Dilated Cardiomyopathy is a deadly disease of the heart that has strong genetic roots in certain large and giant dog breeds, among them, Doberman Pinschers. Dilated cardiomyopathy (aka., DCM) is a disease of the heart muscle that is characterized by an enlarged heart that does not function properly. With DCM, both the upper and lower chambers of the heart become enlarged, with one side being more severely affected than the other. When the ventricle, or lower chamber, becomes enlarged, its ability to pump blood out into the lungs and body diminishes. When the heart’s ventricle does not pump enough blood into the lungs, fluid begins to accumulate within the lungs. An enlarged heart soon becomes overloaded, and this leads to congestive heart failure.
In the past all we had to combat DCM was to carefully examine a puppy’s parents for having been properly been heart certified prior to breeding. Even then, while the parents may not be showing signs of disease, they could still be genetic carriers that combine by chance to genetically manifest the disease in their offspring. Thankfully, a new genetic test for DCM exists at Norther Carolina State College of Veterinary Medicine that successfully genetically screens Doberman Pinscher dogs for having inherited the genetic predisposition for the development of DCM.
The genes responsible for DCM are DCM1 and DCM2. If positive for both, the dog has an 80% chance of developing DCM as early as 3 years of age. If a dog tests positive for DCM1 only, he/she has a 40% chance of developing the disease by age 5.
Testing should therefore begin as the dog approaches his/her third birthday. Here are the recommended guidelines:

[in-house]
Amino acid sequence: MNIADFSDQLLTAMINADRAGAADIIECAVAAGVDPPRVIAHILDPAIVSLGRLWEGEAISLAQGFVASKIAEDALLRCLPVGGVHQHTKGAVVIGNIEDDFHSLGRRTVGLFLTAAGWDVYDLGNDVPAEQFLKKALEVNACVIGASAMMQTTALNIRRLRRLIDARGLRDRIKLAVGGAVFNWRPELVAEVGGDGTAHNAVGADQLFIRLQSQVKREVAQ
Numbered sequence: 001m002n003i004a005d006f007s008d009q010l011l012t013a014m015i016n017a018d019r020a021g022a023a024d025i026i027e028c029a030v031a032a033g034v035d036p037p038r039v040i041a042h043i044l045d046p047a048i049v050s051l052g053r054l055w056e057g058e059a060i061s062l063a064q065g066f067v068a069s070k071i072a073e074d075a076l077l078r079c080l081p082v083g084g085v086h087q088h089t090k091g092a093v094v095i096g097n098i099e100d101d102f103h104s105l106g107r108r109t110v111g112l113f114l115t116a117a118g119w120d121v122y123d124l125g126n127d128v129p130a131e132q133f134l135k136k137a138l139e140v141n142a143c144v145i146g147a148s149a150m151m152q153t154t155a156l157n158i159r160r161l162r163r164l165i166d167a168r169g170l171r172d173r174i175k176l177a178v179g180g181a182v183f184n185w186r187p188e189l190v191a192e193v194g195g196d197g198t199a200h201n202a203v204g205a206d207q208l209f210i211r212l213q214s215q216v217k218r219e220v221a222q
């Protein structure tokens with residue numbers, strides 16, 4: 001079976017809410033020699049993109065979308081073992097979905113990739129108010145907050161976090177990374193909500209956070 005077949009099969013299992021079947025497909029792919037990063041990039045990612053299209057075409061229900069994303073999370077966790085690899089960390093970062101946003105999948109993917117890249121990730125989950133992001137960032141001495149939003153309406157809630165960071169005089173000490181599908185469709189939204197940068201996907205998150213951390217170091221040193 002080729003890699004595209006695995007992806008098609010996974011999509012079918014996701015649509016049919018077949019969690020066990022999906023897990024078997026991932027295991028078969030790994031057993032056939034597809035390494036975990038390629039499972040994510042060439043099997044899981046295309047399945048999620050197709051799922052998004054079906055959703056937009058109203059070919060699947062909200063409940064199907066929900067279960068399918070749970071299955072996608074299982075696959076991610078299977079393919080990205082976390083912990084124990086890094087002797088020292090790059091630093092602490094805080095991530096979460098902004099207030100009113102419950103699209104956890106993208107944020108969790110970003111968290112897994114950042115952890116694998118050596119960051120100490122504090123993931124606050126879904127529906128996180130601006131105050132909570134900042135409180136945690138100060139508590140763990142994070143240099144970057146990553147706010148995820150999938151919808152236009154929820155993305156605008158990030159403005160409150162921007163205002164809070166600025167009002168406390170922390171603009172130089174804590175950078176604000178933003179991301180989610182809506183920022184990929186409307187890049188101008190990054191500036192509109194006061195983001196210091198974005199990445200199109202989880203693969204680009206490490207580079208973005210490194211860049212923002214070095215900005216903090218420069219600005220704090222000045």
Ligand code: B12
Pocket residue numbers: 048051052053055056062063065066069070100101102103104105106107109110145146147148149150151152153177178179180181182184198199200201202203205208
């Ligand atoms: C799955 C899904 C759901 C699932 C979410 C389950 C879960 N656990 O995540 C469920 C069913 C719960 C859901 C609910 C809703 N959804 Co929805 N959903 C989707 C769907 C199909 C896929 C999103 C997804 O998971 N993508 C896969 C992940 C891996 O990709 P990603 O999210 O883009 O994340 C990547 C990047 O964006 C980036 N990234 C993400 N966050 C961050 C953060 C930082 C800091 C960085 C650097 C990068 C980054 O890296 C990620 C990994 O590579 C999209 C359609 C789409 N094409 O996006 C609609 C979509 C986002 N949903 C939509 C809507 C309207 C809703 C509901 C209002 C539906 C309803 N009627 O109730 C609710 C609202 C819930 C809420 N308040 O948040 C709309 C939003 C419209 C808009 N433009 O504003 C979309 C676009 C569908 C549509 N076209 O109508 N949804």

Dog positive for DCM1 & DCM2:
Dog positive for DCM1 only:
Beyond early intervention to save and prolong lives, DCM genetic testing also has far reaching implications whereby, if prospective dog owners hold breeders accountable to doing their due diligence in proving that neither parents is a carrier for DCM1 and DCM2, within only a few generations, the disease could be eradicated from whole lines of Doberman Pinschers.
What’s more, NC State is currently working on expanding their genetic testing for DCM into other breeds genetically prone to the disease, such as Great Danes and Irish Wolfhounds.
Dr. Roger Welton is a practicing veterinarian and highly regarded media personality through a number of topics and platforms. In addition to being passionate about integrative veterinary medicine for which he is a globally recognized expert, Dr. Welton was also an accomplished college lacrosse player and remains to this day very involved in the sport. He is president of Maybeck Animal Hospital , general partner of Grant Animal Clinic, and runs the successful veterinary/animal health blogs Web-DVM and Dr. Roger’s Holistic Veterinary Care. Dr. Welton fulfills his passion for lacrosse through his lacrosse and sport blog, The Creator’s Game.